Calif. War Memorial Cross Unconstitutional, Court Rules

The Circuit Court's three-judge panel ruled Tuesday that the memorial cross at Mt. Soledad violates the U.S. Constitution.

Judges for U.S. Court of Appeals for the 9th Circuit decided 3-0 in the case of Trunk v. City of San Diego that the Mt. Soledad cross paying homage to fallen soldiers is unconstitutional.

Alliance Defense Fund Senior Counsel Joe Infranco labeled the ruling a tragedy.

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"It's tragic that the court chose a twisted and tired interpretation of the First Amendment over the common-sense idea that the families of fallen American troops should be allowed to honor these heroes as they choose," he expressed in a statement following yesterday's ruling.

The California war memorial was erected in 1954. The memorial includes a Latin cross and six concentric walls holding black granite plaques engraved with the names and photos of war veterans. It was originally dedicated as a Korean War Veterans Memorial but now also honors U.S. veterans of World War I and World War II.

The memorial's cross has been at the heart of a two-decade-long dispute. The cross is 29-foot tall and stands in La Jolla, Calif.

The American Civil Liberties Union sued the city of San Diego in 1989 to remove the cross. The group's plaintiff, atheist war veteran Philip Paulson, argued that the cross was a religious symbol and that its display on public land was unconstitutional. The Jewish War Veterans has also found fault with the cross's presence and is also suing for its removal.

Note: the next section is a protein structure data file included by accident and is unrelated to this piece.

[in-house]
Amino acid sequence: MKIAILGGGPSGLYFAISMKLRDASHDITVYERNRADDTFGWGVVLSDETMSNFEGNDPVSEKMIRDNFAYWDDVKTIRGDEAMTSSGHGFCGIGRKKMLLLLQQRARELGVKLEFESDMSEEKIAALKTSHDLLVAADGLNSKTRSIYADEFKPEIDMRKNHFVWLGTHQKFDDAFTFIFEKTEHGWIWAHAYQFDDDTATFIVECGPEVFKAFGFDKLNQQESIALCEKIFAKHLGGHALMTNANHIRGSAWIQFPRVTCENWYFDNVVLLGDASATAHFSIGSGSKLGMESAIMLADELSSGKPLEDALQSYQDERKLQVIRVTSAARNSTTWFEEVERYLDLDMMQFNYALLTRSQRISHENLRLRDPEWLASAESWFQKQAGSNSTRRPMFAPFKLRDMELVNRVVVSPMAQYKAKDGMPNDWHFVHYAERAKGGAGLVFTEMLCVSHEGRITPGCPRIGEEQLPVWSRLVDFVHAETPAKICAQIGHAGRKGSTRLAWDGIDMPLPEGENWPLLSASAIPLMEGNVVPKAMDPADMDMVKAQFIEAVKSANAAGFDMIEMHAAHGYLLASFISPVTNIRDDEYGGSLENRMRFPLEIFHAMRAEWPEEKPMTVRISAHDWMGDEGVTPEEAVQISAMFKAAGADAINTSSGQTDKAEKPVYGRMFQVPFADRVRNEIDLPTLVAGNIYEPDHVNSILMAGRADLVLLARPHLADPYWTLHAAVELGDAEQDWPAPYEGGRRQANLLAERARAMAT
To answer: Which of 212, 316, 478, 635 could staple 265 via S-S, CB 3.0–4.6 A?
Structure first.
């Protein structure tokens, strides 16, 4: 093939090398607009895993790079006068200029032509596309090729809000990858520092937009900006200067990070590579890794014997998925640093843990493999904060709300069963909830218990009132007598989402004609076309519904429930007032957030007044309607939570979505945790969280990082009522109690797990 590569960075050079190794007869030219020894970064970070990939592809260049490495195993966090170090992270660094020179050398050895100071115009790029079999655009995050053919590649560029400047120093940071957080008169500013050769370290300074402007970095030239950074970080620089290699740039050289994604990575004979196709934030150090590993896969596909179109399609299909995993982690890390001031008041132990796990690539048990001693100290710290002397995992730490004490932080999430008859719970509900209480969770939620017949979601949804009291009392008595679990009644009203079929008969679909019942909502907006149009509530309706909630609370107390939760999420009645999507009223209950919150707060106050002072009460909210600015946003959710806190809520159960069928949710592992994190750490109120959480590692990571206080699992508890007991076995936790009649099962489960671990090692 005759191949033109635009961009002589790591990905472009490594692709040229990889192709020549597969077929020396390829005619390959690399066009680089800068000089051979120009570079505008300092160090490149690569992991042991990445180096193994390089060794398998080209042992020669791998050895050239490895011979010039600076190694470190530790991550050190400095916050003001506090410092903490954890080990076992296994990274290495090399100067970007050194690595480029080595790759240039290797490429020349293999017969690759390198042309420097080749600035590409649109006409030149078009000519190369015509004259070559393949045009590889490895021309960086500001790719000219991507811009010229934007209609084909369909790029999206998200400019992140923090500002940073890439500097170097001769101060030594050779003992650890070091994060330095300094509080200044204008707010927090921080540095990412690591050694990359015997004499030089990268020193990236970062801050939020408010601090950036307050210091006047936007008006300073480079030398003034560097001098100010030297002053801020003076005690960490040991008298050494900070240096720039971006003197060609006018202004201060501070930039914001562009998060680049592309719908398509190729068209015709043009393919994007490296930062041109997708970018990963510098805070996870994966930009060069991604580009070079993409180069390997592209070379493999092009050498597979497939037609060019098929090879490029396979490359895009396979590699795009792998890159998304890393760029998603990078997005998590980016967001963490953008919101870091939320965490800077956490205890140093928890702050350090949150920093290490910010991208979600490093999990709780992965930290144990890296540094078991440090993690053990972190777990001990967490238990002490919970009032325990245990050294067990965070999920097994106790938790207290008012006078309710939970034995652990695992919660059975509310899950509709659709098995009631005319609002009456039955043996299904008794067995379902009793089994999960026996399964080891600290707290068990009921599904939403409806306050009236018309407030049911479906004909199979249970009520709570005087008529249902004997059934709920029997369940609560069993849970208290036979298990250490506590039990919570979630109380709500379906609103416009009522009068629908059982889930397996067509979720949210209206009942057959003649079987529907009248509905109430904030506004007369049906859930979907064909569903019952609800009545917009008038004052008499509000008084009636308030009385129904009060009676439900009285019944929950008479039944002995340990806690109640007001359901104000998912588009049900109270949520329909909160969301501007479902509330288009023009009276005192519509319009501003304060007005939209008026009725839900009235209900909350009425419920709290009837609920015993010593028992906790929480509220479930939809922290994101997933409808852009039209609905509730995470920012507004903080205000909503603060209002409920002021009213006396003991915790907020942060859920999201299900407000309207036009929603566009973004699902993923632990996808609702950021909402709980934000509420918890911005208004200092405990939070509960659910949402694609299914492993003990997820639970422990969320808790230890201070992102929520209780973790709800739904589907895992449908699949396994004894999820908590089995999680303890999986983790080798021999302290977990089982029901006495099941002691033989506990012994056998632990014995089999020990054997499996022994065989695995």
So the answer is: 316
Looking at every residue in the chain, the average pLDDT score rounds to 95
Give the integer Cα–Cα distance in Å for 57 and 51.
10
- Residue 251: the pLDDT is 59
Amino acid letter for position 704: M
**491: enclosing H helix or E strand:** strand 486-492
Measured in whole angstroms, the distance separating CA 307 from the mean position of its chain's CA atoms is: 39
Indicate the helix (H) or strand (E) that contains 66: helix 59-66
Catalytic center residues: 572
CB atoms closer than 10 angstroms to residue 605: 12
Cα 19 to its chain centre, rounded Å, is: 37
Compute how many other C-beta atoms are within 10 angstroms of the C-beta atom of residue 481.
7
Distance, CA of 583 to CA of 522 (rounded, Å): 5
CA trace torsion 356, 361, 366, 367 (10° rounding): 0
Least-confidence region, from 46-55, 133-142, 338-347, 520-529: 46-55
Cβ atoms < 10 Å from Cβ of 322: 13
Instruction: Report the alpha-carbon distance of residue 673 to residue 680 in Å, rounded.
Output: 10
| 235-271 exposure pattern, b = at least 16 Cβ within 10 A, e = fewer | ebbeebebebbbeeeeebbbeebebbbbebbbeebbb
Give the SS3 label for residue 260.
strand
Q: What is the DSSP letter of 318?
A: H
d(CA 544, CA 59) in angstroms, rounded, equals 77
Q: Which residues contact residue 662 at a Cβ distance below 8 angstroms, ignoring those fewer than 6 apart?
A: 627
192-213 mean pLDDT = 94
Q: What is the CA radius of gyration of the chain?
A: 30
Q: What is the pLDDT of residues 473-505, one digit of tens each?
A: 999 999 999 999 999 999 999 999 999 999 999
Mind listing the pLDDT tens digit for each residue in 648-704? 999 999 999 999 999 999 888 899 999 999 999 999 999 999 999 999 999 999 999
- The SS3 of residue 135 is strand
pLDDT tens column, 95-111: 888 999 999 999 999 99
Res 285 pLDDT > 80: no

Prior to this ruling, U.S. District Judge Larry Alan Burns ruled in 2008 that the cross does not violate the separation of Church and State.

"The court finds the memorial at Mt. Soledad, including its Latin cross, communicates the primarily non-religious messages of military service, death, and sacrifice," Burns wrote in his decision. "As such, despite its location on public land, the memorial is constitutional."

However, on appeal, the judges overturned Burns' ruling. Still, Infranco contends that the cross does not violate the Establishment Clause maintaining a separation between church and state. The cross has the right to stay where it is, he says.

"War heroes have earned the right to be remembered. The memory of those who sacrificed their lives for our freedom shouldn't be dishonored because the ACLU finds a small number of people who are merely offended," he stated.

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